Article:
Yesterday was winter solstice, and we had 3 hours and 41 minutes of daylight. I finished grading my finals on Wednesday, and yesterday was my first day of winter break. I don’t take it for granted that I have a job where I get winter, summer, and spring break.
Yesterday I took Mac on a walk during the lightest light we had. It was about 11:15 am when these photos were taken. When I say that we have 3 hours and 41 minutes of light, it’s never really bright light. It’s more like the great poets Simon and Garfunkel once said: a hazy shade of winter.
Starting today we have 7 more minutes of daylight with each new day. It’s so comforting to know we are on the upswing of light. This winter has been mild temperature-wise, but the darkness has been hard for me. I love knowing that the light is slowly but surely making its way back.
“The light shines in the darkness, and the darkness has not overcome it.” John 1:5
One of my goals going into 2017 was to do more reading. I have always really loved to read, but struggled to find time to do it beyond reading whatever book I’m teaching. But I think it’s such a valuable practice, and it’s like using a muscle. The more you exercise it, the more habitual it becomes.
So, here is the top ten books I read this year! Not all of them were published in 2017, but but they were new to me this year.
Big Little Lies by Liane Moriarty. Read this if: you are looking for a thought provoking, but exciting read that deals with complex issues in a fascinating and enjoyable form.
Free of Me by Sharon Hodde Miller. My favorite theology/Christian living book of this year, but also not a difficult read at all. Read this if:you want to be challenged, grow, and think about God more.
Turtles All the Way Down by John Green. I just finished this one recently. I was really curious about his new book, and it was an interesting if not sad perspective on mental health and teenagers. I love that he gives teenagers a voice that is valuable. Read this if: you want to learn more about an honest perspective on teenage anxiety/OCD.
Someday, Someday, Maybe by Lauren Graham. I was super curious about Lorelai Gilmore’s writing, and it did not disappoint. Read this if: you’re looking for the perfect, easy-mindless beach read.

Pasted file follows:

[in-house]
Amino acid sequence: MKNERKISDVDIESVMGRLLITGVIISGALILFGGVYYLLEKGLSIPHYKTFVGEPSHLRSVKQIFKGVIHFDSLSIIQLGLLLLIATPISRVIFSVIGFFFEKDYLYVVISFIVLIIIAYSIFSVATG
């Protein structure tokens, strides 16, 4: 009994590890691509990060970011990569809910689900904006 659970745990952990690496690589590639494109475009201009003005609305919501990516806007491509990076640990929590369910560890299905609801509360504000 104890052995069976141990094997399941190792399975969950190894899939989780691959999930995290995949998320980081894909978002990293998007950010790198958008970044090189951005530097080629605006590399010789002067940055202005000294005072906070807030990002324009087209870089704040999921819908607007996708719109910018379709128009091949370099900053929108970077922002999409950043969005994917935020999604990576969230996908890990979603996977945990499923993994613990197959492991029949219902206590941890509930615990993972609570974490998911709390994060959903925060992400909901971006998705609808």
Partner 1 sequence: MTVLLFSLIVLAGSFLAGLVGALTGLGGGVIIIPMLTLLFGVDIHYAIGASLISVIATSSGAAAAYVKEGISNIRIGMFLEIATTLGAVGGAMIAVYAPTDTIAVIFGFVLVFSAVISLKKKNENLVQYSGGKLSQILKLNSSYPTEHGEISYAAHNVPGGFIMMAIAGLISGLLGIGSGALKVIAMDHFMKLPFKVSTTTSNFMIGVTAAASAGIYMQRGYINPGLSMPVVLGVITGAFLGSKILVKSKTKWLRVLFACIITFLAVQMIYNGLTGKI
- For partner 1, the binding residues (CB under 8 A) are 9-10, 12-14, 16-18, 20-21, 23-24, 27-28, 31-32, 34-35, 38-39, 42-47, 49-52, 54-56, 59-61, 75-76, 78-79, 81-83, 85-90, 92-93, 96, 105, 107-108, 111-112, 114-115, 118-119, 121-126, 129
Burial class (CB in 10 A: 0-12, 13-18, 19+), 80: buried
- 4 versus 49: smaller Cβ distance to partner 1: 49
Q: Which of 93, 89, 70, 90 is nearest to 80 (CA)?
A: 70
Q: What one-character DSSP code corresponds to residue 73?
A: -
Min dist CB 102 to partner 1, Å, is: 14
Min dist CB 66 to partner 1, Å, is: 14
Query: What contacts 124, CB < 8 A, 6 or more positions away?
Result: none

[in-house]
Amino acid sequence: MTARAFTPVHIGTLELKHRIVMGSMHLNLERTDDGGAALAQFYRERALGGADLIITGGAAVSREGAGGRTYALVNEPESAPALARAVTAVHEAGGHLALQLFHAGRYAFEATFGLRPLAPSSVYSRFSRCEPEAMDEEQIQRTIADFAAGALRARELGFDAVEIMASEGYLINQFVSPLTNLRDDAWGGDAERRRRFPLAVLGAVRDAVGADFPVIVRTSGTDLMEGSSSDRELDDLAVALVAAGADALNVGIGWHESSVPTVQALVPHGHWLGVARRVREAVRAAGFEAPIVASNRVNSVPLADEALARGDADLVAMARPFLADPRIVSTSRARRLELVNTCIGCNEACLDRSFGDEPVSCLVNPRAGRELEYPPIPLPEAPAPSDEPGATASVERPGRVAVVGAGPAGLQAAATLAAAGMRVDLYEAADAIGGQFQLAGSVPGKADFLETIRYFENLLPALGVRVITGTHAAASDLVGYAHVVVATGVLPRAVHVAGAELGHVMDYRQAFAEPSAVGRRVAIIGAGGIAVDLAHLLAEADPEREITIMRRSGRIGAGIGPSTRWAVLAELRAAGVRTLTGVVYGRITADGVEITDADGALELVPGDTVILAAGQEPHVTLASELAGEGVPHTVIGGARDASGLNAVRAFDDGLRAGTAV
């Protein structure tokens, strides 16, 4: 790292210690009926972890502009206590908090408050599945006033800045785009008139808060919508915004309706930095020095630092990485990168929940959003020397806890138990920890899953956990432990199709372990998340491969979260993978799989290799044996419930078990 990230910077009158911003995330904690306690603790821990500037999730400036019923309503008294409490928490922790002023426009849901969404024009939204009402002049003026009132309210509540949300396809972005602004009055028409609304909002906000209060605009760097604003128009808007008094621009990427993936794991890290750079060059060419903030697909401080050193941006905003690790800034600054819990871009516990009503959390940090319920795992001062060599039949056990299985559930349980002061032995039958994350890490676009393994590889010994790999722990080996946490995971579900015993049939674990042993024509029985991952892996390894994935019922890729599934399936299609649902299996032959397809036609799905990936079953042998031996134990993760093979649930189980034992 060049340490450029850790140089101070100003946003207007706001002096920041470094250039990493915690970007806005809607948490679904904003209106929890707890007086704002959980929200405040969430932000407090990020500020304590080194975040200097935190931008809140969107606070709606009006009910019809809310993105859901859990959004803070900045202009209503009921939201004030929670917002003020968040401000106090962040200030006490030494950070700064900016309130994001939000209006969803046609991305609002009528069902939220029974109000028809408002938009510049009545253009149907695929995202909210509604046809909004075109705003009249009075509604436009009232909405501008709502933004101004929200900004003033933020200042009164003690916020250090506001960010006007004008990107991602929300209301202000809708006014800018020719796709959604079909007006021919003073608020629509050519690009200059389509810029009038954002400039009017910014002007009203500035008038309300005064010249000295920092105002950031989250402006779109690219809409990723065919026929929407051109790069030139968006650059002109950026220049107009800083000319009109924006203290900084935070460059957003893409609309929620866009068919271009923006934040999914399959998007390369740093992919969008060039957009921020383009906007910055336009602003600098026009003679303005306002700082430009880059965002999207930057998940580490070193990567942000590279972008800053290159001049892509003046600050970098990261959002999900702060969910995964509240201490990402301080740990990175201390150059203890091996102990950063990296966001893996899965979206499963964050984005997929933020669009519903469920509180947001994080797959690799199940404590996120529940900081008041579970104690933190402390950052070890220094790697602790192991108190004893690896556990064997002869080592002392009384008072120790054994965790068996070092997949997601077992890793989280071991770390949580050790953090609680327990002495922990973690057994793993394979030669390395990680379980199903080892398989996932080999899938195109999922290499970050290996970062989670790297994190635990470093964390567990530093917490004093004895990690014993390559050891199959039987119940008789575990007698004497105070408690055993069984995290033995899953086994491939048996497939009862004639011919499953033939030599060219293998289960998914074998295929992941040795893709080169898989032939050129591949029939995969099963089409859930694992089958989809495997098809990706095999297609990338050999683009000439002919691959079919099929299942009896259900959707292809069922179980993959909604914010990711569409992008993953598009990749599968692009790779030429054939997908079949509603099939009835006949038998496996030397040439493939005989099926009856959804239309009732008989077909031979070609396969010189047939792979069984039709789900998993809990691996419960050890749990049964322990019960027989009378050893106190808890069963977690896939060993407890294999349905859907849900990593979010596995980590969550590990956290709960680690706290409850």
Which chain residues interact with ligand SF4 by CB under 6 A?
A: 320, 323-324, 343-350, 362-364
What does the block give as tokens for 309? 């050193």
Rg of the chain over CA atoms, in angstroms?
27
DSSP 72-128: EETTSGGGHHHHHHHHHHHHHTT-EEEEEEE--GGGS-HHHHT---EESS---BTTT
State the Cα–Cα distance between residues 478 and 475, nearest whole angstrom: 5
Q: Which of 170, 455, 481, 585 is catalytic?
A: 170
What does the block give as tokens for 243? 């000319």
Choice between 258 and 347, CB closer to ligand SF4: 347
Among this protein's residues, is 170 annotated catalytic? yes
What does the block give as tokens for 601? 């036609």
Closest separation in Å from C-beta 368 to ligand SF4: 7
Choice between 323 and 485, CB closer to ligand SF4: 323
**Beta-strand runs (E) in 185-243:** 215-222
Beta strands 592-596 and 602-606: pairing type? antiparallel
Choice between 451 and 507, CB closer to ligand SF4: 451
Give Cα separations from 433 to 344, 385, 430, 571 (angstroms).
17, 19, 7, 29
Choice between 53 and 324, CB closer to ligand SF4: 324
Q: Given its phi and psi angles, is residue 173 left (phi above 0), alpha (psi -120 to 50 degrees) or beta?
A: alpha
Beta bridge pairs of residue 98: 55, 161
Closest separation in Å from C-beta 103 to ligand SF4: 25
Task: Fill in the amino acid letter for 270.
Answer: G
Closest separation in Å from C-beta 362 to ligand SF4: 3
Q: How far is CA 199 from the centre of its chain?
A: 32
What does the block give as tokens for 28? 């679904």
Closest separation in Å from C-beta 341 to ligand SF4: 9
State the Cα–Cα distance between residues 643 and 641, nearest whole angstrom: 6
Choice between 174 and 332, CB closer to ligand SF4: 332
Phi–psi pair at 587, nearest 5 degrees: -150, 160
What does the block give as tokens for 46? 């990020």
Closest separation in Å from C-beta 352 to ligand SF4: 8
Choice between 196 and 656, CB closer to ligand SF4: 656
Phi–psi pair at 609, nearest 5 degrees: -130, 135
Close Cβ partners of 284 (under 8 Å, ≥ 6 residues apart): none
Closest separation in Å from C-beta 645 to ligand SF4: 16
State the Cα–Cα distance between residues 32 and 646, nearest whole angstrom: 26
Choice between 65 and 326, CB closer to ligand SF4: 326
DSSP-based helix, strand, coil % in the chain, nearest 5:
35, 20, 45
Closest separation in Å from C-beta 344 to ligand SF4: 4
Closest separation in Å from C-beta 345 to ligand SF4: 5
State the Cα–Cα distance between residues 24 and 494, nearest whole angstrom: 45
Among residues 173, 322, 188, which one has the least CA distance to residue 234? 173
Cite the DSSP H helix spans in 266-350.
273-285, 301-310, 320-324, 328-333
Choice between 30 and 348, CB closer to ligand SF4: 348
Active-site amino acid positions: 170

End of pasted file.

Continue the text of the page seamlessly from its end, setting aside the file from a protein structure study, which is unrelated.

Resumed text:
The Summer Before the War by Helen Simonson. This was a top-rated historical fiction novel on Goodreads last year. It’s about WWI. (It was really nice to read about not WWII. Does anyone else feel like every book out there is about WWII these days?) Read this if:you are looking for a historical fiction piece that is both interesting, easy to read, and deep.
A Prayer Journal by Flannery O’Connor. Honest and beautiful, this is a very simple prayer journal. Read this if:you want to learn how to pray with honesty.
Let’s Explore Diabetes with Owls by David Sedaris. Read this if:you need an easy, funny read with nuanced humor.
Option B by Sheryl Sandberg. I heard rave reviews; this did not disappoint. Read this if: you want to learn about resilience, or are experiencing tragedy or grief in some capacity.
English Lessons by Andrea Lucado. I love me a good memoir, and Andrea’s experience of growing up as a pastor’s kid really resonated with me. Read this if: you want an honest and easy read about Christian living and doubt.
And, drumroll, my favorite book this year…
Textbook Amy Krause Rosenthal by Amy Krause Rosenthal. Amy Krause Rosenthal, or AKR, as she calls herself, is a phenomenal and inspiring author. AKR caught my attention for her absolutely incredible Modern Love Column earlier this year about her terminal diagnosis and her husband. This book was my favorite of this year. Read this if: you want to think about life in a new way, be inspired, or enjoy unconventional writing.